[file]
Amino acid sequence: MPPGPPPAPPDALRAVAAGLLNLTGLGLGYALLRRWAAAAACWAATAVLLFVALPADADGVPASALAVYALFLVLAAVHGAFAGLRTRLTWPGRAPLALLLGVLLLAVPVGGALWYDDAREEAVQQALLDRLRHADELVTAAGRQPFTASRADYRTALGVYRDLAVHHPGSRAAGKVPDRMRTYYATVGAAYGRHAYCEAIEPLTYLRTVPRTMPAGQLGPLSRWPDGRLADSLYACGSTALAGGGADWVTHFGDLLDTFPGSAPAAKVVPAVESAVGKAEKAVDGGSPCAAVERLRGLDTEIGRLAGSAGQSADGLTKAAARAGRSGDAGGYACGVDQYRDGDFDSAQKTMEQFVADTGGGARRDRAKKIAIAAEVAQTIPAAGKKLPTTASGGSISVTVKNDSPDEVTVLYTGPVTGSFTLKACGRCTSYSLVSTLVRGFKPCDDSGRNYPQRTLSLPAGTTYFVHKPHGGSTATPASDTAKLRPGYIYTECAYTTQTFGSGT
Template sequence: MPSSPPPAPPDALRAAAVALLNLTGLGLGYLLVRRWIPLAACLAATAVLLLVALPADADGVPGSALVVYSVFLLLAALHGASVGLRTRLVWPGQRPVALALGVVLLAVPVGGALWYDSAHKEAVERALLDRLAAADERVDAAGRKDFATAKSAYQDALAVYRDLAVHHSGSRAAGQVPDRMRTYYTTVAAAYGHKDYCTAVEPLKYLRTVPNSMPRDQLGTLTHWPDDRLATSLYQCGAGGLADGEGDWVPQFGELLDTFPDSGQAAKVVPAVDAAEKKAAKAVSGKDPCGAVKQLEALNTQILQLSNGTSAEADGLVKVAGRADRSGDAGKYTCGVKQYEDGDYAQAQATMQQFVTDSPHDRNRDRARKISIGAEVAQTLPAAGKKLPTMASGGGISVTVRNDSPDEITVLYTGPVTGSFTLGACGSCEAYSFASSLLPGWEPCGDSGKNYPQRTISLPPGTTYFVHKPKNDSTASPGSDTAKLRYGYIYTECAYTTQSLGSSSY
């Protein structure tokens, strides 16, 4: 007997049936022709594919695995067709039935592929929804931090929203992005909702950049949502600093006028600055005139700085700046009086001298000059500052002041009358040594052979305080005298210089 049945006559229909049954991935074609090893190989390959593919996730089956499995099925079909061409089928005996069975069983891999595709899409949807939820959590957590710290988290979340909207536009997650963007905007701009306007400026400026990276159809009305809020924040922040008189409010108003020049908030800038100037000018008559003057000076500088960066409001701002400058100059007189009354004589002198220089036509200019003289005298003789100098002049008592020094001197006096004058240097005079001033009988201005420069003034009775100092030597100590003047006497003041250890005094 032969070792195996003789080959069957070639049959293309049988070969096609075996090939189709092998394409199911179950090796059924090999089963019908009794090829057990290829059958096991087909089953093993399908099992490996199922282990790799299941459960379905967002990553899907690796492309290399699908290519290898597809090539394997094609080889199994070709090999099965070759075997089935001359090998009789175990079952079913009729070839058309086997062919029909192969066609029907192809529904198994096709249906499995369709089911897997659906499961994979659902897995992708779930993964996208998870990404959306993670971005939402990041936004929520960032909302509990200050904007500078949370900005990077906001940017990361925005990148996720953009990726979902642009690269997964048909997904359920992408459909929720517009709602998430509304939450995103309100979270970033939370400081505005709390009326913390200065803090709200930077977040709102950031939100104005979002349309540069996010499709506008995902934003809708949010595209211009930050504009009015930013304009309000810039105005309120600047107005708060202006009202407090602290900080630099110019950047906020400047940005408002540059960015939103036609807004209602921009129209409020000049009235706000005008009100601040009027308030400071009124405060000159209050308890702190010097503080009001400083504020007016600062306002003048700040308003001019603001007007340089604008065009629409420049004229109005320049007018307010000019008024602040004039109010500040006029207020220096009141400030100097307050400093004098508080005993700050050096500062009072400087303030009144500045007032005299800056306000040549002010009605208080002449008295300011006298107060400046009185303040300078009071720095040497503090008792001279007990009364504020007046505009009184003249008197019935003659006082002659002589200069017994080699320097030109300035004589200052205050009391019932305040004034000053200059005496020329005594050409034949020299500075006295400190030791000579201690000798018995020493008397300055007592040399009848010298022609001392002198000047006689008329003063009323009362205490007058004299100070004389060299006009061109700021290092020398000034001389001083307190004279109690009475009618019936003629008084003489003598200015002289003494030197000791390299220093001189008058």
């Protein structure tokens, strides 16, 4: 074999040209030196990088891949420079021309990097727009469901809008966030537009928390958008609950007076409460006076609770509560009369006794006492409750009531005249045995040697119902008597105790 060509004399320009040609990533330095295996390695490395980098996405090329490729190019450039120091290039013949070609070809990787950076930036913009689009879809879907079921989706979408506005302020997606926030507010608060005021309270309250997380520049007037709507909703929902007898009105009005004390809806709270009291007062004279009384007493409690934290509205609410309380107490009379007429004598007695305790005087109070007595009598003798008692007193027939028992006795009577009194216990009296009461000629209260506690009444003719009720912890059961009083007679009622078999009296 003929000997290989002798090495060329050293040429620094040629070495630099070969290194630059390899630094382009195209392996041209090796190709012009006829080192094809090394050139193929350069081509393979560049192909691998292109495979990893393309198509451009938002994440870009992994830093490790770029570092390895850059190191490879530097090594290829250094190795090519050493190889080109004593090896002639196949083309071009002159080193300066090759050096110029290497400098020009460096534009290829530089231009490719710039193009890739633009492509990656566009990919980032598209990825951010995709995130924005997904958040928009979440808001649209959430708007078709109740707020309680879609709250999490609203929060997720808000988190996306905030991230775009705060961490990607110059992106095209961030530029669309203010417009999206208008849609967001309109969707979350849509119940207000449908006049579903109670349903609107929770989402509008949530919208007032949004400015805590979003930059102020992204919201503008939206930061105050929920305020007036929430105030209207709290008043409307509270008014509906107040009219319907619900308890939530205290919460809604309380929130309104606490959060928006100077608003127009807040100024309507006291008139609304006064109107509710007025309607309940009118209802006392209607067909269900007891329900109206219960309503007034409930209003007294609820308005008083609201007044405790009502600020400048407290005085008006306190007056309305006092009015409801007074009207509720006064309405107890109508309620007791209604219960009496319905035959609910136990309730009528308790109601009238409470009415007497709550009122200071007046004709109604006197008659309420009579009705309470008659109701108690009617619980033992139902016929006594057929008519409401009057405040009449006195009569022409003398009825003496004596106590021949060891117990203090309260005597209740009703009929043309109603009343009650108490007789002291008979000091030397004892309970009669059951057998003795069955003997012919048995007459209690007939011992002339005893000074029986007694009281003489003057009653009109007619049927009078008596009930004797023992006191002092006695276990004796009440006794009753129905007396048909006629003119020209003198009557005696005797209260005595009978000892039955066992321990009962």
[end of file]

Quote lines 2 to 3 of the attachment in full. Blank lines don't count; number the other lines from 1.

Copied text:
Template sequence: MPSSPPPAPPDALRAAAVALLNLTGLGLGYLLVRRWIPLAACLAATAVLLLVALPADADGVPGSALVVYSVFLLLAALHGASVGLRTRLVWPGQRPVALALGVVLLAVPVGGALWYDSAHKEAVERALLDRLAAADERVDAAGRKDFATAKSAYQDALAVYRDLAVHHSGSRAAGQVPDRMRTYYTTVAAAYGHKDYCTAVEPLKYLRTVPNSMPRDQLGTLTHWPDDRLATSLYQCGAGGLADGEGDWVPQFGELLDTFPDSGQAAKVVPAVDAAEKKAAKAVSGKDPCGAVKQLEALNTQILQLSNGTSAEADGLVKVAGRADRSGDAGKYTCGVKQYEDGDYAQAQATMQQFVTDSPHDRNRDRARKISIGAEVAQTLPAAGKKLPTMASGGGISVTVRNDSPDEITVLYTGPVTGSFTLGACGSCEAYSFASSLLPGWEPCGDSGKNYPQRTISLPPGTTYFVHKPKNDSTASPGSDTAKLRYGYIYTECAYTTQSLGSSSY
């Protein structure tokens, strides 16, 4: 007997049936022709594919695995067709039935592929929804931090929203992005909702950049949502600093006028600055005139700085700046009086001298000059500052002041009358040594052979305080005298210089 049945006559229909049954991935074609090893190989390959593919996730089956499995099925079909061409089928005996069975069983891999595709899409949807939820959590957590710290988290979340909207536009997650963007905007701009306007400026400026990276159809009305809020924040922040008189409010108003020049908030800038100037000018008559003057000076500088960066409001701002400058100059007189009354004589002198220089036509200019003289005298003789100098002049008592020094001197006096004058240097005079001033009988201005420069003034009775100092030597100590003047006497003041250890005094 032969070792195996003789080959069957070639049959293309049988070969096609075996090939189709092998394409199911179950090796059924090999089963019908009794090829057990290829059958096991087909089953093993399908099992490996199922282990790799299941459960379905967002990553899907690796492309290399699908290519290898597809090539394997094609080889199994070709090999099965070759075997089935001359090998009789175990079952079913009729070839058309086997062919029909192969066609029907192809529904198994096709249906499995369709089911897997659906499961994979659902897995992708779930993964996208998870990404959306993670971005939402990041936004929520960032909302509990200050904007500078949370900005990077906001940017990361925005990148996720953009990726979902642009690269997964048909997904359920992408459909929720517009709602998430509304939450995103309100979270970033939370400081505005709390009326913390200065803090709200930077977040709102950031939100104005979002349309540069996010499709506008995902934003809708949010595209211009930050504009009015930013304009309000810039105005309120600047107005708060202006009202407090602290900080630099110019950047906020400047940005408002540059960015939103036609807004209602921009129209409020000049009235706000005008009100601040009027308030400071009124405060000159209050308890702190010097503080009001400083504020007016600062306002003048700040308003001019603001007007340089604008065009629409420049004229109005320049007018307010000019008024602040004039109010500040006029207020220096009141400030100097307050400093004098508080005993700050050096500062009072400087303030009144500045007032005299800056306000040549002010009605208080002449008295300011006298107060400046009185303040300078009071720095040497503090008792001279007990009364504020007046505009009184003249008197019935003659006082002659002589200069017994080699320097030109300035004589200052205050009391019932305040004034000053200059005496020329005594050409034949020299500075006295400190030791000579201690000798018995020493008397300055007592040399009848010298022609001392002198000047006689008329003063009323009362205490007058004299100070004389060299006009061109700021290092020398000034001389001083307190004279109690009475009618019936003629008084003489003598200015002289003494030197000791390299220093001189008058």